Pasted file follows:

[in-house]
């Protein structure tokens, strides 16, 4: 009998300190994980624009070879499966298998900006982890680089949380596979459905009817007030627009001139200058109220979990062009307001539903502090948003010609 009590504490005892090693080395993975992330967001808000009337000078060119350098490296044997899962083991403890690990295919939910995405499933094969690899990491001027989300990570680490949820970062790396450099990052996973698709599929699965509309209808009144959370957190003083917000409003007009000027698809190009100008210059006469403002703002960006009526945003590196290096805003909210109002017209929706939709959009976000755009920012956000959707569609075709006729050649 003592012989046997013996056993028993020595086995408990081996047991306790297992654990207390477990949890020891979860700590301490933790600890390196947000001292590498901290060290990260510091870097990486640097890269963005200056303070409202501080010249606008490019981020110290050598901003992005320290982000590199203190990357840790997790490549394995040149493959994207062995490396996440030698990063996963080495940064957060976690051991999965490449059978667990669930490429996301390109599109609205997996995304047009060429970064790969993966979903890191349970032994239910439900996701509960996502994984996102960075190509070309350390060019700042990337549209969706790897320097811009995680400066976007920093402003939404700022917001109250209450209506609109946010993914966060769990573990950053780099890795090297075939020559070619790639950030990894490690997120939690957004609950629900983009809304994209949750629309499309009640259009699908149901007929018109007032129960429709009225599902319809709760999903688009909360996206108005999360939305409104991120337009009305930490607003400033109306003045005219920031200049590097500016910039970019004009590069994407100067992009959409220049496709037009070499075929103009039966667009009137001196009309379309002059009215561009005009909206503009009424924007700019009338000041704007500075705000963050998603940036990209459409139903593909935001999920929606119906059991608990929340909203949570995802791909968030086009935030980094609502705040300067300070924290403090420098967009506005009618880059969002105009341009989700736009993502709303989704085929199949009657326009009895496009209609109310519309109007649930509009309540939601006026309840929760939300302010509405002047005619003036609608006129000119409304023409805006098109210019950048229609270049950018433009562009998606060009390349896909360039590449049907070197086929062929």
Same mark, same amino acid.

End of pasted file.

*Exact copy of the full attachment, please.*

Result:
[in-house]
């Protein structure tokens, strides 16, 4: 009998300190994980624009070879499966298998900006982890680089949380596979459905009817007030627009001139200058109220979990062009307001539903502090948003010609 009590504490005892090693080395993975992330967001808000009337000078060119350098490296044997899962083991403890690990295919939910995405499933094969690899990491001027989300990570680490949820970062790396450099990052996973698709599929699965509309209808009144959370957190003083917000409003007009000027698809190009100008210059006469403002703002960006009526945003590196290096805003909210109002017209929706939709959009976000755009920012956000959707569609075709006729050649 003592012989046997013996056993028993020595086995408990081996047991306790297992654990207390477990949890020891979860700590301490933790600890390196947000001292590498901290060290990260510091870097990486640097890269963005200056303070409202501080010249606008490019981020110290050598901003992005320290982000590199203190990357840790997790490549394995040149493959994207062995490396996440030698990063996963080495940064957060976690051991999965490449059978667990669930490429996301390109599109609205997996995304047009060429970064790969993966979903890191349970032994239910439900996701509960996502994984996102960075190509070309350390060019700042990337549209969706790897320097811009995680400066976007920093402003939404700022917001109250209450209506609109946010993914966060769990573990950053780099890795090297075939020559070619790639950030990894490690997120939690957004609950629900983009809304994209949750629309499309009640259009699908149901007929018109007032129960429709009225599902319809709760999903688009909360996206108005999360939305409104991120337009009305930490607003400033109306003045005219920031200049590097500016910039970019004009590069994407100067992009959409220049496709037009070499075929103009039966667009009137001196009309379309002059009215561009005009909206503009009424924007700019009338000041704007500075705000963050998603940036990209459409139903593909935001999920929606119906059991608990929340909203949570995802791909968030086009935030980094609502705040300067300070924290403090420098967009506005009618880059969002105009341009989700736009993502709303989704085929199949009657326009009895496009209609109310519309109007649930509009309540939601006026309840929760939300302010509405002047005619003036609608006129000119409304023409805006098109210019950048229609270049950018433009562009998606060009390349896909360039590449049907070197086929062929």
Same mark, same amino acid.